Scientist Federica Bertocchini of the Institute of Biomedicine and Biotechnology of Cantabria in Spain first noticed the wax worms’ plastic-eating skills when she was cleaning up a wax worm infestation in one of the beehives she keeps at home. She put the worms in a plastic bag, tied it closed, and put the bag in a room of her house while she finished cleaning the hive. When she returned to the room, “they were everywhere,” Bertocchini said in a statement. They’d escaped by chewing their way out of the bag, and fast.
“This project began there and then,” she said. In a paper published in Current Biology on Monday (April 24), Bertocchini and her colleagues described 100 wax worms chewing through a polyethylene shopping bag—the kind that people discard at a rate of 1 trillion per year globally—in around 40 minutes. After 12 hours, the bag was significantly shredded.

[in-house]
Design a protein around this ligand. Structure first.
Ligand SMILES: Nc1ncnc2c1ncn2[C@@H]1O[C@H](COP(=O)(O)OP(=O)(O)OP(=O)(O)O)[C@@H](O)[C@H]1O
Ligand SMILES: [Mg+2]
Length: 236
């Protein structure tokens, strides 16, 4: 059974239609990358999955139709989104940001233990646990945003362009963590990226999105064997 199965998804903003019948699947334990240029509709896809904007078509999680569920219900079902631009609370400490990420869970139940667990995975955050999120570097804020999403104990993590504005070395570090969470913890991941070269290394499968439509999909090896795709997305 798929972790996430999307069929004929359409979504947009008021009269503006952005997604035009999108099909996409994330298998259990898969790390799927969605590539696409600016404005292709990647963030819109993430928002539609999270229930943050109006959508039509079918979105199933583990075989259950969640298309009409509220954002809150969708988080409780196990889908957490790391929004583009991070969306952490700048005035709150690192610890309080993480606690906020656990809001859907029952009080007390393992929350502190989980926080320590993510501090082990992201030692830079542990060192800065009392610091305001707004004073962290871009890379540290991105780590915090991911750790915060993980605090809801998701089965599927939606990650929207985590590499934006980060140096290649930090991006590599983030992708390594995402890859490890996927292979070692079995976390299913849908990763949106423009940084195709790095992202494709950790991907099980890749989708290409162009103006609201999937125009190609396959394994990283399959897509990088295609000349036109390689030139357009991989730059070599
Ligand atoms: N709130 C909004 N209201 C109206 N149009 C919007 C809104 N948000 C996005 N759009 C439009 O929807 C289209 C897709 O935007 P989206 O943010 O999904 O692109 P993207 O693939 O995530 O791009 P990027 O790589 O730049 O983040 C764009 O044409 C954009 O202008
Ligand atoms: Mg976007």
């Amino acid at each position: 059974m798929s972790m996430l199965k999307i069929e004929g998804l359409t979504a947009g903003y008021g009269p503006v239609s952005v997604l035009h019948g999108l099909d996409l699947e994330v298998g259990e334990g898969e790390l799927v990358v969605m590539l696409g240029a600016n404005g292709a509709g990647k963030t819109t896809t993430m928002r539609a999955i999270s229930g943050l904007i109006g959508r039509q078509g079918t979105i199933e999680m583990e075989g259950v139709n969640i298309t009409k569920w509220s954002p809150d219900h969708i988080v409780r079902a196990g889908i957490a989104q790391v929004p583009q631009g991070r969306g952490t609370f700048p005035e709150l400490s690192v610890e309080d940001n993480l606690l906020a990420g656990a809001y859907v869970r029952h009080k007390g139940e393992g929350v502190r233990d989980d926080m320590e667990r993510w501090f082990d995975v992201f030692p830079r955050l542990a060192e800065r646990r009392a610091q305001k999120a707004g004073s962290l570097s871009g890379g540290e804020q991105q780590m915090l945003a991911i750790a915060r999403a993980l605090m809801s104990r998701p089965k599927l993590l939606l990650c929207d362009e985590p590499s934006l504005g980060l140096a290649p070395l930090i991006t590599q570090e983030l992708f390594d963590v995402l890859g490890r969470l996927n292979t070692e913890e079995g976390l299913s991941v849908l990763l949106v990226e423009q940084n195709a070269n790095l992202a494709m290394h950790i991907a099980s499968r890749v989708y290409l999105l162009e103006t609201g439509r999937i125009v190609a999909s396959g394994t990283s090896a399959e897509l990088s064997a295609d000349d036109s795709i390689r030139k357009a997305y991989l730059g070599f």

While the discovery is far from an actionable solution to plastic waste (worms would not be able to survive in the zero-oxygen environment of a landfill, for example) Bertocchini told Ed Yong at the Atlantic she hopes to find the enzyme the worms use to break down the plastic: “Maybe we can find the molecule and produce it at high-scale rather than using a million worms in a plastic bag.”
Ed Yong in The Atlantic.